Parathyroid hormone

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PTH 2:

parathyroid glands
polypeptide of 84 AMK
bones, kidneys
PTH 1 receptors in bones and kidneys, PTH 2 receptors in the CNS, pancreas, testes and placenta [1]
Effects of parathyroid hormone

Parathyroid hormone (PTH, parathyroid hormone) is a linear polypeptide of 84 amino acids that increases the permeability of cells to calcium and phosphate ions. It regulates the level of calcium in the blood. It is produced by the main cells of the parathyroid glands.

Parathyroid hormone is synthesized from a larger precursor (115 AMK) and is not stored in cells. That is why it is renewed several times an hour. The indicator for synthesis is the level of calcium in the blood, when hypocalcemia stimulates and hypercalcemia inhibits parathyroid hormone synthesis. The secretion of parathyroid hormone is also inhibited by calcitriol. PTH synthesis is also stimulated by an increased concentration of phosphates. Magnesium has a similar effect on PTH secretion as calcium, but its effect is milder.

The target tissues of PTH are kidney, bone (and teeth), and intestine. These structures are important for calcium regulation; they contain specific receptors that are subject to down-regulation. Calcium is strictly regulated in the body.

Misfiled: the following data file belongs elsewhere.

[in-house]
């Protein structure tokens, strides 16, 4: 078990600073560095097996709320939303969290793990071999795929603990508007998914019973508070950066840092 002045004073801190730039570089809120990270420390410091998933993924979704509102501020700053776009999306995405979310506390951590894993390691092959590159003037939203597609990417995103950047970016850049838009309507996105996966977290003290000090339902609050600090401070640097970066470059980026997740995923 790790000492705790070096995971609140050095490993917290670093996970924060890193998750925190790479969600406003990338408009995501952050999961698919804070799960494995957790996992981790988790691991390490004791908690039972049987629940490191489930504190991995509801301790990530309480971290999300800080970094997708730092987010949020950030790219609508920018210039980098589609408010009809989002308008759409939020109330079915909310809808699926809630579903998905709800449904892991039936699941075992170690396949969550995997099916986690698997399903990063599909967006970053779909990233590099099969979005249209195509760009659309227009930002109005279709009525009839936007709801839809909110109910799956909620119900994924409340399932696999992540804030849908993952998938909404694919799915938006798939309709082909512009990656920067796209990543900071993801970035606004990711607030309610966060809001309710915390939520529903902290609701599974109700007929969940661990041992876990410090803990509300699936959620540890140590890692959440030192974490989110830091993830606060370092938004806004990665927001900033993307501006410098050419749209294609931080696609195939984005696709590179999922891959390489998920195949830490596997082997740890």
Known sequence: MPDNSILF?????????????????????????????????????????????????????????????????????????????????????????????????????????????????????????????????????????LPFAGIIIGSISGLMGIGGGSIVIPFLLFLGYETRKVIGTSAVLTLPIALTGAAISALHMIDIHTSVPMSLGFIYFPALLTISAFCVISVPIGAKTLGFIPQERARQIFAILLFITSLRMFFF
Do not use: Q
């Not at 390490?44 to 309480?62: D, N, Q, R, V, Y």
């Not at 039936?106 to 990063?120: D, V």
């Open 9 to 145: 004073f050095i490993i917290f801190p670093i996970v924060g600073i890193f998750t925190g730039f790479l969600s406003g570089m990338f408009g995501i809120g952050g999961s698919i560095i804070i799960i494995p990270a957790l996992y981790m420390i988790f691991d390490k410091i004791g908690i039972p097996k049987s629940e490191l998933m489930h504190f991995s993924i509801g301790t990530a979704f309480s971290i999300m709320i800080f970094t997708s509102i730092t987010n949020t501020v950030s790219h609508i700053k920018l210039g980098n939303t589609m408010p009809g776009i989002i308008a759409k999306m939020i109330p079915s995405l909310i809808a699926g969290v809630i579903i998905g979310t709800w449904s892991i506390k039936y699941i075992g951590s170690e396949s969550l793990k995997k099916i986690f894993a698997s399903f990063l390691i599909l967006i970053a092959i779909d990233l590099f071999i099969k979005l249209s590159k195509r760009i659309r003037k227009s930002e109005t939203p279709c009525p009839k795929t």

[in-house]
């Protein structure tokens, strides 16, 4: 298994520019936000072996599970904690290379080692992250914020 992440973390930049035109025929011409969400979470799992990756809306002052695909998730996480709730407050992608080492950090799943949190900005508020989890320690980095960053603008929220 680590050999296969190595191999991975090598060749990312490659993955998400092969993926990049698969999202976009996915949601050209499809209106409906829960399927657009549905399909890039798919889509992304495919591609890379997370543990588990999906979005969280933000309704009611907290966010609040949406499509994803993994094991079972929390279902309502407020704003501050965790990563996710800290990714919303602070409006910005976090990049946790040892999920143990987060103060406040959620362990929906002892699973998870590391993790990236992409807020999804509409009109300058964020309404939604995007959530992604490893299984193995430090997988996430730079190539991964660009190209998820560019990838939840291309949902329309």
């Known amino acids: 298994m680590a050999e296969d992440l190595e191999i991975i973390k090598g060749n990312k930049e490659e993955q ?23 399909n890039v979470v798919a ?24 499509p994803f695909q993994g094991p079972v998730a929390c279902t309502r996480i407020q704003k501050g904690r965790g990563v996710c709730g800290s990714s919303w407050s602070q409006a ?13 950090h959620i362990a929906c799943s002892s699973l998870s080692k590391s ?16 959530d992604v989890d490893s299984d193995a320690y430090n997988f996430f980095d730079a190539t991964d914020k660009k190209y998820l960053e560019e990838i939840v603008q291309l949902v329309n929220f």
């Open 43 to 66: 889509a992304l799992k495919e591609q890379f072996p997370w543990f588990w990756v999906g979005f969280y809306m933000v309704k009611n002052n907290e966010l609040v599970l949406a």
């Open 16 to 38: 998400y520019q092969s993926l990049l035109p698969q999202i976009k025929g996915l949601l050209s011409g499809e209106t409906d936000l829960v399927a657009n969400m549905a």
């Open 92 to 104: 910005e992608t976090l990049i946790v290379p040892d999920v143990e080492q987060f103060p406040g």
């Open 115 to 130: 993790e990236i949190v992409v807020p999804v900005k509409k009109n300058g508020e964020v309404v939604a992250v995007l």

Effects[edit | edit source]

PTH acts in three ways on target tissues:

  1. Bone resorption after binding of the hormone to osteoblast receptors, calcium is released from the bone fluid thanks to the calcium pump. Osteoblasts mediate the effect of the hormone on osteoclasts, which thus resorb bone. With a long-lasting effect, the bone thins and at the same time osteoblastic processes are activated to maintain bone density. But resorption prevails over new formation.
  2. Kidney – díky PTH increases calcium reabsorption in the ascending limb of the loop of Henle, distal tubule and collecting duct. Increases tubular resorption of magnesium. Conversely, phosphate excretion is increased by decreasing reabsorption in the proximal tubule.
  3. Intestine – renal 1-hydroxylase is stimulated by means of parathormone, which changes calcidiol into calcitriol. This ensures increased absorption of both calcium, and phosphates from the intestines.

It has the opposite effects of calcitonin, a thyroid hormone, , lowering blood calcium levels. Hypoparathyroidism causes tetanic convulsions. On the contrary, hyperthyroidism can mean the risk of osteoporosis.

Links[edit | edit source]

Related Articles[edit | edit source]

References[edit | edit source]

  • TROJAN, Stanislav. Lékařská fyziologie. 4. edition. Praha : Grada, 2003. 772 pp. ISBN 80-247-0512-5.

  • LEDVINA, Miroslav. Biochemie pro studující medicíny. 2. edition. Karolinum, 2009. ISBN 978-80-246-1414-4.

Reference[edit | edit source]

  1. PARFITT, A Michael. Parathyroid hormone and periosteal bone expansion. J Bone Miner Res [online]2002, vol. 17, p. 10, Available from <>. ISSN 0884-0431. 

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